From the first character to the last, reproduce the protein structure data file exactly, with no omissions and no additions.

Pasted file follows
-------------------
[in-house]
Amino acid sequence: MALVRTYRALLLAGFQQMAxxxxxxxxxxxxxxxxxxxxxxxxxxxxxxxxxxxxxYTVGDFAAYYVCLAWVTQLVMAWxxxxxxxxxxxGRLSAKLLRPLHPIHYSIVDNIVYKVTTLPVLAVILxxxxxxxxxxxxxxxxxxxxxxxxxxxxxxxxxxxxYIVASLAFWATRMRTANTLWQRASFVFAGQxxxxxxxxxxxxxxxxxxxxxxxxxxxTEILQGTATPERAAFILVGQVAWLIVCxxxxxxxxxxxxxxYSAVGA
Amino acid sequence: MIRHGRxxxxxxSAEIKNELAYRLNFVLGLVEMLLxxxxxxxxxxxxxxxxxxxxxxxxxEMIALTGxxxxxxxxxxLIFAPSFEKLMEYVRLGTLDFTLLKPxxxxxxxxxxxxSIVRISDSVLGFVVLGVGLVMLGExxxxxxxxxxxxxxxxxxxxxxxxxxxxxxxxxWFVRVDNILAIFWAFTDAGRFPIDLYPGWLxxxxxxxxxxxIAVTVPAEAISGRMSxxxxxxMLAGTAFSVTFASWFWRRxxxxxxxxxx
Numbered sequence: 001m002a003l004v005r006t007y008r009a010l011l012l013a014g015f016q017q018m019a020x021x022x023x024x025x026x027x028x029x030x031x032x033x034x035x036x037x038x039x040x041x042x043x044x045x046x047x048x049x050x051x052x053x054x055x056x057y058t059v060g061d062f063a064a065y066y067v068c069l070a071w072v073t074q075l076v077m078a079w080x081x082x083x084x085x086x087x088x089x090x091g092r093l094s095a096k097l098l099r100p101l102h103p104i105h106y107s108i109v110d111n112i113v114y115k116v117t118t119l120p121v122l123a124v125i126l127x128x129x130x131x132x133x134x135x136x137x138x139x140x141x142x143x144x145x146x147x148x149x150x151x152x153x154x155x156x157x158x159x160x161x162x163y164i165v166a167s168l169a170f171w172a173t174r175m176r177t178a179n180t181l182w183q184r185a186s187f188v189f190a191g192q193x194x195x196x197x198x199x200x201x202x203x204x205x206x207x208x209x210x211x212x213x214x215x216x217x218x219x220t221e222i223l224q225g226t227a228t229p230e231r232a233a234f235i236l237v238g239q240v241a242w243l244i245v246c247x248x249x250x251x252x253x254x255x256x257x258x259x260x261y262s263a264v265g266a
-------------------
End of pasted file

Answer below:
[in-house]
Amino acid sequence: MALVRTYRALLLAGFQQMAxxxxxxxxxxxxxxxxxxxxxxxxxxxxxxxxxxxxxYTVGDFAAYYVCLAWVTQLVMAWxxxxxxxxxxxGRLSAKLLRPLHPIHYSIVDNIVYKVTTLPVLAVILxxxxxxxxxxxxxxxxxxxxxxxxxxxxxxxxxxxxYIVASLAFWATRMRTANTLWQRASFVFAGQxxxxxxxxxxxxxxxxxxxxxxxxxxxTEILQGTATPERAAFILVGQVAWLIVCxxxxxxxxxxxxxxYSAVGA
Amino acid sequence: MIRHGRxxxxxxSAEIKNELAYRLNFVLGLVEMLLxxxxxxxxxxxxxxxxxxxxxxxxxEMIALTGxxxxxxxxxxLIFAPSFEKLMEYVRLGTLDFTLLKPxxxxxxxxxxxxSIVRISDSVLGFVVLGVGLVMLGExxxxxxxxxxxxxxxxxxxxxxxxxxxxxxxxxWFVRVDNILAIFWAFTDAGRFPIDLYPGWLxxxxxxxxxxxIAVTVPAEAISGRMSxxxxxxMLAGTAFSVTFASWFWRRxxxxxxxxxx
Numbered sequence: 001m002a003l004v005r006t007y008r009a010l011l012l013a014g015f016q017q018m019a020x021x022x023x024x025x026x027x028x029x030x031x032x033x034x035x036x037x038x039x040x041x042x043x044x045x046x047x048x049x050x051x052x053x054x055x056x057y058t059v060g061d062f063a064a065y066y067v068c069l070a071w072v073t074q075l076v077m078a079w080x081x082x083x084x085x086x087x088x089x090x091g092r093l094s095a096k097l098l099r100p101l102h103p104i105h106y107s108i109v110d111n112i113v114y115k116v117t118t119l120p121v122l123a124v125i126l127x128x129x130x131x132x133x134x135x136x137x138x139x140x141x142x143x144x145x146x147x148x149x150x151x152x153x154x155x156x157x158x159x160x161x162x163y164i165v166a167s168l169a170f171w172a173t174r175m176r177t178a179n180t181l182w183q184r185a186s187f188v189f190a191g192q193x194x195x196x197x198x199x200x201x202x203x204x205x206x207x208x209x210x211x212x213x214x215x216x217x218x219x220t221e222i223l224q225g226t227a228t229p230e231r232a233a234f235i236l237v238g239q240v241a242w243l244i245v246c247x248x249x250x251x252x253x254x255x256x257x258x259x260x261y262s263a264v265g266a